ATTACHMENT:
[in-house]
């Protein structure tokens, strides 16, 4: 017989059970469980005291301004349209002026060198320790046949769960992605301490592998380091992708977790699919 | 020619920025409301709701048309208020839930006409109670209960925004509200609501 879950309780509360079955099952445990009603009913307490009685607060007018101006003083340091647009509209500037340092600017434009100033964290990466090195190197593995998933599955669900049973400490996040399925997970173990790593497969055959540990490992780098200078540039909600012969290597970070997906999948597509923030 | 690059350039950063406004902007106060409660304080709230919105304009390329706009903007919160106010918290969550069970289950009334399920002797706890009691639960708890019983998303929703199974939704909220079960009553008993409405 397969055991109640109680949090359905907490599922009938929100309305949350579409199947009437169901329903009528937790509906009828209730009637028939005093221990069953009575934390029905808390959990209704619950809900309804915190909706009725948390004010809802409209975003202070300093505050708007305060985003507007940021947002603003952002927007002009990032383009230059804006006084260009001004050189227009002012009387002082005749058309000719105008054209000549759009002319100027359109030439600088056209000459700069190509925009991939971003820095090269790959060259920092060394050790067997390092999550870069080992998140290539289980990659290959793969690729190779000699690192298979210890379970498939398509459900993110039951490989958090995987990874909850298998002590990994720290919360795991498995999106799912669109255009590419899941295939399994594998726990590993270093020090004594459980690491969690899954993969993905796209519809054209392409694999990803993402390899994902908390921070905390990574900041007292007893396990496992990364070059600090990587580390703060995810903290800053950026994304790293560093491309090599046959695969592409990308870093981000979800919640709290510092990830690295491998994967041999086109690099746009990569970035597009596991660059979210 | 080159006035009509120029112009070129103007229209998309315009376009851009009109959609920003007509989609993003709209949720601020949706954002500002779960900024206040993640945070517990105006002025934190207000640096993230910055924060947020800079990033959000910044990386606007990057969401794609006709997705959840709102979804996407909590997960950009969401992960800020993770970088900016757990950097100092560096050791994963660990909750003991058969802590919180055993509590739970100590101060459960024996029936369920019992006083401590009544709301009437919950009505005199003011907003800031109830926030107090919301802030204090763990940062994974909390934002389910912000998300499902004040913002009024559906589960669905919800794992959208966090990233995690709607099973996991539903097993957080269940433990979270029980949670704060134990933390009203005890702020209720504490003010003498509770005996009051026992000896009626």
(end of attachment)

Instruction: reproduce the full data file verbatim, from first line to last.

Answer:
[in-house]
């Protein structure tokens, strides 16, 4: 017989059970469980005291301004349209002026060198320790046949769960992605301490592998380091992708977790699919 | 020619920025409301709701048309208020839930006409109670209960925004509200609501 879950309780509360079955099952445990009603009913307490009685607060007018101006003083340091647009509209500037340092600017434009100033964290990466090195190197593995998933599955669900049973400490996040399925997970173990790593497969055959540990490992780098200078540039909600012969290597970070997906999948597509923030 | 690059350039950063406004902007106060409660304080709230919105304009390329706009903007919160106010918290969550069970289950009334399920002797706890009691639960708890019983998303929703199974939704909220079960009553008993409405 397969055991109640109680949090359905907490599922009938929100309305949350579409199947009437169901329903009528937790509906009828209730009637028939005093221990069953009575934390029905808390959990209704619950809900309804915190909706009725948390004010809802409209975003202070300093505050708007305060985003507007940021947002603003952002927007002009990032383009230059804006006084260009001004050189227009002012009387002082005749058309000719105008054209000549759009002319100027359109030439600088056209000459700069190509925009991939971003820095090269790959060259920092060394050790067997390092999550870069080992998140290539289980990659290959793969690729190779000699690192298979210890379970498939398509459900993110039951490989958090995987990874909850298998002590990994720290919360795991498995999106799912669109255009590419899941295939399994594998726990590993270093020090004594459980690491969690899954993969993905796209519809054209392409694999990803993402390899994902908390921070905390990574900041007292007893396990496992990364070059600090990587580390703060995810903290800053950026994304790293560093491309090599046959695969592409990308870093981000979800919640709290510092990830690295491998994967041999086109690099746009990569970035597009596991660059979210 | 080159006035009509120029112009070129103007229209998309315009376009851009009109959609920003007509989609993003709209949720601020949706954002500002779960900024206040993640945070517990105006002025934190207000640096993230910055924060947020800079990033959000910044990386606007990057969401794609006709997705959840709102979804996407909590997960950009969401992960800020993770970088900016757990950097100092560096050791994963660990909750003991058969802590919180055993509590739970100590101060459960024996029936369920019992006083401590009544709301009437919950009505005199003011907003800031109830926030107090919301802030204090763990940062994974909390934002389910912000998300499902004040913002009024559906589960669905919800794992959208966090990233995690709607099973996991539903097993957080269940433990979270029980949670704060134990933390009203005890702020209720504490003010003498509770005996009051026992000896009626």